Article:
If your goal is to get into web development, then speaking as someone who went through four years of college, I don't think the degree is worth it.
Thanks, but I will be doing the degree regardless. I have a genuine interest in the computer science field and would like to know and understand more about the technical stuff behind it. I've been using computers everyday since the age of 4 so if this isn't the course for me I don't know what is. Regardless of whether it will aid in furthering my career I would like to at least do the course for my own personal interest.
tomb — 2013-01-28T12:25:58-05:00 — #4
It's a long process that only comes with practice. Once you move beyond asking "How can I solve this?" to "How should I solve this?".
In general, I'd say applying a couple of principles to your code will demonstrate to you how to code is better. It's not immediately obvious what advantages they give until you've used them in real projects. The benefits come to you when you try to use your code and realise how flexible and easy to maintain it is.
1) Favour composition over inheritance. I actually removed 99% of "Extends" keywords from my codebase and it became a hundred times better. It wasn't until I did it that I realised quite how much I was coding to work around inheritance and using it where I really shouldn't be.
2) Make all class variables private and avoid getters/setters unless they are absolutely needed. This goes hand in hand with 1) but it will help you achieve better encapsulation, which is a fundamental principle in OOP.
3) Dependency inejection. Once I started using a dependency injection container, I realised that most of the code I had was messy. Creating objects arbitrarily is messy! Try IoC (inversion of control) and you'll quickly see the benefits.
4) Law of demeter: http://en.wikipedia.org/wiki/Law_of_Demeter Apply this and your code will become better. It's not immediately obvious if you don't understand it, but it forces you to think about the dependencies your classes have.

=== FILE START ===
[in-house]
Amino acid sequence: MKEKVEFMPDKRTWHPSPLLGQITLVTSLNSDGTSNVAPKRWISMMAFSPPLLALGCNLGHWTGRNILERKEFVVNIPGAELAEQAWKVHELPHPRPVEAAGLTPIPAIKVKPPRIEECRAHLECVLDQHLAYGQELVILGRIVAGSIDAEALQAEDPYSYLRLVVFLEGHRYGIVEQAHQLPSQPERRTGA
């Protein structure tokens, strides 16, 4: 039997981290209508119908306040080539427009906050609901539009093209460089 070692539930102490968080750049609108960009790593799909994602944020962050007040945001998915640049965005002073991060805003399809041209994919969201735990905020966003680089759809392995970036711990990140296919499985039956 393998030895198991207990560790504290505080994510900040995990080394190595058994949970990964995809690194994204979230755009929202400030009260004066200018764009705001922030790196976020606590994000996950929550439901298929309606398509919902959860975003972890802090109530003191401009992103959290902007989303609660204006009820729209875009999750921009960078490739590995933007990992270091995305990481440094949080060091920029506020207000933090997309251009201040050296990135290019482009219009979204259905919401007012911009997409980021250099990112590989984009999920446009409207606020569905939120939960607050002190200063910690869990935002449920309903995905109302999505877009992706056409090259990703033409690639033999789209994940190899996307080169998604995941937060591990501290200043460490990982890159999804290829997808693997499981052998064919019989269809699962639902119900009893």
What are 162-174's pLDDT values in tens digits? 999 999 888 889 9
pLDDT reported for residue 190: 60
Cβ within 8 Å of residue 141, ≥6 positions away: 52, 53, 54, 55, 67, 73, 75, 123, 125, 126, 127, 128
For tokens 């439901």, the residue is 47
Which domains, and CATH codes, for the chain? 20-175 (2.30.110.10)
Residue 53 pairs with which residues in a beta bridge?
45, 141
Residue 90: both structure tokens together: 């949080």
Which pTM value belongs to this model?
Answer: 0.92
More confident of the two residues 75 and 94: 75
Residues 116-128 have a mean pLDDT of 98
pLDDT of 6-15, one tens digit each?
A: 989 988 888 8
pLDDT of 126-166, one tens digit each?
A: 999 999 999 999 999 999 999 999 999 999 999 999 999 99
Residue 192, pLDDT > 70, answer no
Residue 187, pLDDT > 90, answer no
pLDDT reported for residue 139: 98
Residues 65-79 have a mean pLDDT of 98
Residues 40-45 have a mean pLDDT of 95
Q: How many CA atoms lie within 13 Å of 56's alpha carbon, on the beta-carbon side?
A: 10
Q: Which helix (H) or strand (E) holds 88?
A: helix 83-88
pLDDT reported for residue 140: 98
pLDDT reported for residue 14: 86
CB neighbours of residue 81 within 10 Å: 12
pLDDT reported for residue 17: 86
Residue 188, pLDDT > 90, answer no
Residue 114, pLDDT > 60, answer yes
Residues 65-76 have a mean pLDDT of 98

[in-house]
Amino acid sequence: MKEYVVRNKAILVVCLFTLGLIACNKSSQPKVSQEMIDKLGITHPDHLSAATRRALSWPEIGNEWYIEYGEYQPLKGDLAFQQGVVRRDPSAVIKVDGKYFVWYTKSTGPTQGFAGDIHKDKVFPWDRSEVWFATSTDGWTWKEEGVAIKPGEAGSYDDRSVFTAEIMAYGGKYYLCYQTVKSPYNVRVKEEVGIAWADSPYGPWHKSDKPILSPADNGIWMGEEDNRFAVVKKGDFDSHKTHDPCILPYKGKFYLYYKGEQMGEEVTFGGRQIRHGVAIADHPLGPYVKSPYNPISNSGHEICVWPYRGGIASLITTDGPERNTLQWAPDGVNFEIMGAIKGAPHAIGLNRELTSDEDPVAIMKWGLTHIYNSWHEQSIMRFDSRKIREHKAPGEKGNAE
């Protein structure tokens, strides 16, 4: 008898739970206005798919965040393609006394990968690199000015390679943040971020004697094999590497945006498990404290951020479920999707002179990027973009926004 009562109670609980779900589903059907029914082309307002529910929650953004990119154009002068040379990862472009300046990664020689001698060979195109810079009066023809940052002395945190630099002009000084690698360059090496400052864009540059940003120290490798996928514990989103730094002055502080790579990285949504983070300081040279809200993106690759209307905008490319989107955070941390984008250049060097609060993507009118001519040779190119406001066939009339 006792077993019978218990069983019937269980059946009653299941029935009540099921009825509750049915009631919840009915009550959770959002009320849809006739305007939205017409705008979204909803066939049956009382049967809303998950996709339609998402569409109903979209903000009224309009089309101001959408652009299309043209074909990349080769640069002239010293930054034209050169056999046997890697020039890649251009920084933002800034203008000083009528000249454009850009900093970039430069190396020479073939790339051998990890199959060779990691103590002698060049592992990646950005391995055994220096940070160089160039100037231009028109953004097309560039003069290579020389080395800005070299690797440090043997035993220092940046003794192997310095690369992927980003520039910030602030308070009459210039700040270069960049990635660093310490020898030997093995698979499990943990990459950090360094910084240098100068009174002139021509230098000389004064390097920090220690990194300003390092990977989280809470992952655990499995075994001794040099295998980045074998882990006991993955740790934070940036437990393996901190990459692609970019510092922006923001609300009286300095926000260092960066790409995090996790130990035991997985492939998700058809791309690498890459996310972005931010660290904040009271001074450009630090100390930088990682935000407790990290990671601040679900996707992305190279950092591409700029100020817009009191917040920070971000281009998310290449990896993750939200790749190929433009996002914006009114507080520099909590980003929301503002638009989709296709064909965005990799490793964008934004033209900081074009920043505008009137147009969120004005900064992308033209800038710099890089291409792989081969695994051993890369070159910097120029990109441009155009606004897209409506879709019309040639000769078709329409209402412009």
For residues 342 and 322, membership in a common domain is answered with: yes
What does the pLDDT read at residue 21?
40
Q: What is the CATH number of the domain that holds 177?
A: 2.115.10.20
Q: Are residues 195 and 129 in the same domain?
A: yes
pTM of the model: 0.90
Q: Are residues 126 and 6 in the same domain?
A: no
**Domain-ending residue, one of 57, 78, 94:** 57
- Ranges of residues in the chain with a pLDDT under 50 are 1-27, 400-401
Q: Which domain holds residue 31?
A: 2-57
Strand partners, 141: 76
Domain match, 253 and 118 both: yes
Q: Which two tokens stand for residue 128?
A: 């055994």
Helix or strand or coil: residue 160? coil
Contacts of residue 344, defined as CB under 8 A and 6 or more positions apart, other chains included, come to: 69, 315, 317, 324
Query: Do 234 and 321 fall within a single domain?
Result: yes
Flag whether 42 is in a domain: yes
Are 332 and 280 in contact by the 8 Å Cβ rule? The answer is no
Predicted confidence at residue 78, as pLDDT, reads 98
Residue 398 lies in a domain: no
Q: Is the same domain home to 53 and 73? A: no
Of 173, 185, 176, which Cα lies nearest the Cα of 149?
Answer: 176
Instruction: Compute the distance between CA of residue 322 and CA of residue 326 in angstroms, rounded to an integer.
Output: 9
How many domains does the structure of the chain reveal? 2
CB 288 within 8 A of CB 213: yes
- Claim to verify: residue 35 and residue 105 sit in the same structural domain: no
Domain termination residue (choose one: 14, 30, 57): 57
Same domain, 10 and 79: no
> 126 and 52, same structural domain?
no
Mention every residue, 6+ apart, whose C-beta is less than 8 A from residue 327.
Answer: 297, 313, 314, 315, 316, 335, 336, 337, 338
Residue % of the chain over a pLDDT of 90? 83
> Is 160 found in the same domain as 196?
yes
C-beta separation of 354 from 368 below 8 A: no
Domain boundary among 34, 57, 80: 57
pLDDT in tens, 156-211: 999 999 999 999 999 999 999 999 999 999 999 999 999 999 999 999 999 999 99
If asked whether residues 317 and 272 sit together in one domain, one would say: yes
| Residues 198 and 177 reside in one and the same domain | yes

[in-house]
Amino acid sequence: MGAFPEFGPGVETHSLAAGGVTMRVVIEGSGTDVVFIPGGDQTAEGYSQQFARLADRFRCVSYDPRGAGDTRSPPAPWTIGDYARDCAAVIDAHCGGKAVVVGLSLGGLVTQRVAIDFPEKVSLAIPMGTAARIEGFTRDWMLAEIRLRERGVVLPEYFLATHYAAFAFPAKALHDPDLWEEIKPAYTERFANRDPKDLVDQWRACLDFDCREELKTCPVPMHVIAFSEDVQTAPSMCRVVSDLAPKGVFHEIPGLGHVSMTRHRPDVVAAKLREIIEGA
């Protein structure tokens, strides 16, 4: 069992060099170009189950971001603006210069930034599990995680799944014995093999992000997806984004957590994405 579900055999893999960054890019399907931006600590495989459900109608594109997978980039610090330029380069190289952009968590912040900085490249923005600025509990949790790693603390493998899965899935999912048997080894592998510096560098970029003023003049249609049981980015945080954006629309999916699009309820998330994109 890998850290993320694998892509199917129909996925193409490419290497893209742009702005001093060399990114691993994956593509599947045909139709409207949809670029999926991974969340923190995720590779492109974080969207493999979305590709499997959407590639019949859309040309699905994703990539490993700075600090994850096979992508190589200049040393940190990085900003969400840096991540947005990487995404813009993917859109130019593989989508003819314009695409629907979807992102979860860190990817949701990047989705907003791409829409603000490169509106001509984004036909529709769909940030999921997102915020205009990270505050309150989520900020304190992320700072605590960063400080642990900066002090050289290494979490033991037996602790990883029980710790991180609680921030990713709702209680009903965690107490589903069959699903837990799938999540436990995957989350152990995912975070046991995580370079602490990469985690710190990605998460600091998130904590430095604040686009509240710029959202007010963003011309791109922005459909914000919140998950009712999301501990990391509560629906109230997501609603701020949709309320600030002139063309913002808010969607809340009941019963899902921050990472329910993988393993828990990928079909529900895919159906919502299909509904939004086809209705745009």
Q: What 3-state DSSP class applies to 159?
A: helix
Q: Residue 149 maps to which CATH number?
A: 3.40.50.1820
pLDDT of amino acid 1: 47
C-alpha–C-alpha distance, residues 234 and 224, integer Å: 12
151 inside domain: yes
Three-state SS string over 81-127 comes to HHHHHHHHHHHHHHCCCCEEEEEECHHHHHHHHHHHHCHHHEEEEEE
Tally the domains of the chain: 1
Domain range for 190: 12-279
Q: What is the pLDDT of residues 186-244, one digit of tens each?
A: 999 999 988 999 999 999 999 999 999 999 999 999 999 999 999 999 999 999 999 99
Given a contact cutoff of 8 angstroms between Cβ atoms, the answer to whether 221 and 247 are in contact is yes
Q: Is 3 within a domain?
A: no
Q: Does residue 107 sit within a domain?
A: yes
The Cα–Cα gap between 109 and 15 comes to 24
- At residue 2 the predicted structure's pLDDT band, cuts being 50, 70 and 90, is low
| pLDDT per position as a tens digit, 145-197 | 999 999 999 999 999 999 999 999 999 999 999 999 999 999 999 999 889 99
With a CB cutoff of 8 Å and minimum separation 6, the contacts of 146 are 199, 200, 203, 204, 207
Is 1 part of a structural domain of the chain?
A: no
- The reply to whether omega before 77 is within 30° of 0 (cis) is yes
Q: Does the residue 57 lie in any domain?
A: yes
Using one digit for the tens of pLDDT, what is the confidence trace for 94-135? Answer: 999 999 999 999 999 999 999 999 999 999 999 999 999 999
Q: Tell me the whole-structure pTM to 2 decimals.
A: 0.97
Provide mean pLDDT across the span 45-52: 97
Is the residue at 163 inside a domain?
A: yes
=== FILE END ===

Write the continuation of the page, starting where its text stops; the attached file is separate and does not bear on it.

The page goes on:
5) Unit testing. Once you start writing code that's easy to test, you have code that's easy to isolate and therefore, reuse.
That's my top 5 tips for going from "advanced" to "pro".
jeff_mott — 2013-01-28T13:25:24-05:00 — #5
Sounds like me when I started. My only point is that, for example, $200 for Knuth will teach you tremendously more than will $2K for a course on Algorithms and Data Structures.
cpradio — 2013-01-28T13:36:33-05:00 — #6
Interesting, I actually had the opposite experience (from a job placement standpoint). I whole-heartily agree that the college degree isn't worth the paper it's printed on (by the time I entered college, I could pass every course I had to take by just taking the final exam -- if they would have let me; I ended up skipping class and just showing up when assignments were due or tests were being given).
However, I found that every job I've interviewed for, continuously looked for that piece of paper showing an applicable degree. Maybe it is geographical and the part I live in puts more focus on it than other locations, maybe it is the industry I was focused on getting into, who knows. But I will say this.
Research it in your area and in the places you think you may want to work in the future. If your location doesn't care if you have a degree or are willing to over-look it based on your experience and knowledge in the field through self-study, by all means, save your money and skip it. In fact, land the job, and hope they have a tuition reimbursement benefit that you can utilize. You can then get them to pay the tuition and you will still get the degree you desire so much.
jeff_mott — 2013-01-28T14:59:48-05:00 — #7
system — 2013-01-29T15:44:21-05:00 — #8
Some very solid advice here.
Unit testing is something that took me a while to really 'get'. The problem was that I'd write my code first and then throw some tests together afterwards. I didn't really see the point in it, so I stopped doing it.
After reading about test driven development (TDD), all of that soon changed. With TDD, you write your test FIRST, before you even write your code. You then write the code and keep running the tests until they pass, and then keep going. If your code is hard to test, you refactor it until it's easy to test.
Doing this massively improved my code quality + gave me much more of an assurance that my code worked. It's also crazy how many bugs you find while you're developing that you wouldn't have found until much later down the line. It also forces you to become a client user of your own code earlier, so you get a real feel for how it's going to work in practice, often leading to changes in the design and API you're creating.
I'd highly recommend reading up on TDD and investing some time in getting to grips with PHPUnit.
*Edit: Also worth a read: http://www.phptherightway.com/
cpradio — 2013-02-05T16:37:20-05:00 — #9
@bit101010 ; Found this today, and thought you'd like it.